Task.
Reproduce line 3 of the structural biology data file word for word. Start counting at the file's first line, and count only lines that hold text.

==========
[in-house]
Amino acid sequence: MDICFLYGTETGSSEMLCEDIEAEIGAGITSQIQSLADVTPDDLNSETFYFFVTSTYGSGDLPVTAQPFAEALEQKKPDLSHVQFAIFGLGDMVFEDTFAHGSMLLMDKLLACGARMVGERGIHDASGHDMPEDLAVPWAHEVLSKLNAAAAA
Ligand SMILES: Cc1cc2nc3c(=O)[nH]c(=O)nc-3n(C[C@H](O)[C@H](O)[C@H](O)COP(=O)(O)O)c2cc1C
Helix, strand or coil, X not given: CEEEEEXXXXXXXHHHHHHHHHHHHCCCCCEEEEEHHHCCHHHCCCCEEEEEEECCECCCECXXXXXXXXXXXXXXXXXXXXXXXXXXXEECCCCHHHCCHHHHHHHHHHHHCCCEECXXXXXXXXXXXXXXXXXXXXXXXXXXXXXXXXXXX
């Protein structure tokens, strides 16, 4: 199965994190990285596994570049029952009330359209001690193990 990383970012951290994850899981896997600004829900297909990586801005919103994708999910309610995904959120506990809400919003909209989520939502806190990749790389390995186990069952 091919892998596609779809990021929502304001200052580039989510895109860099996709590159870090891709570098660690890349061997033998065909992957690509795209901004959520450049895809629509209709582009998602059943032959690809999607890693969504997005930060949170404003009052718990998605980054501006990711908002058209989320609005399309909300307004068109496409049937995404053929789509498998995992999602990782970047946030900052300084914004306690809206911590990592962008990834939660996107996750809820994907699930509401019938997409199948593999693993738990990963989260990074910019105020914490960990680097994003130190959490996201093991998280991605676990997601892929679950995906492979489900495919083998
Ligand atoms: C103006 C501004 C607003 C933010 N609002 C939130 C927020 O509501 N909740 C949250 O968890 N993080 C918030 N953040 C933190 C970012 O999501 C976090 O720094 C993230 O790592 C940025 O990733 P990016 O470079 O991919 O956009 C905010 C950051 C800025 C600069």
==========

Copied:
Ligand SMILES: Cc1cc2nc3c(=O)[nH]c(=O)nc-3n(C[C@H](O)[C@H](O)[C@H](O)COP(=O)(O)O)c2cc1C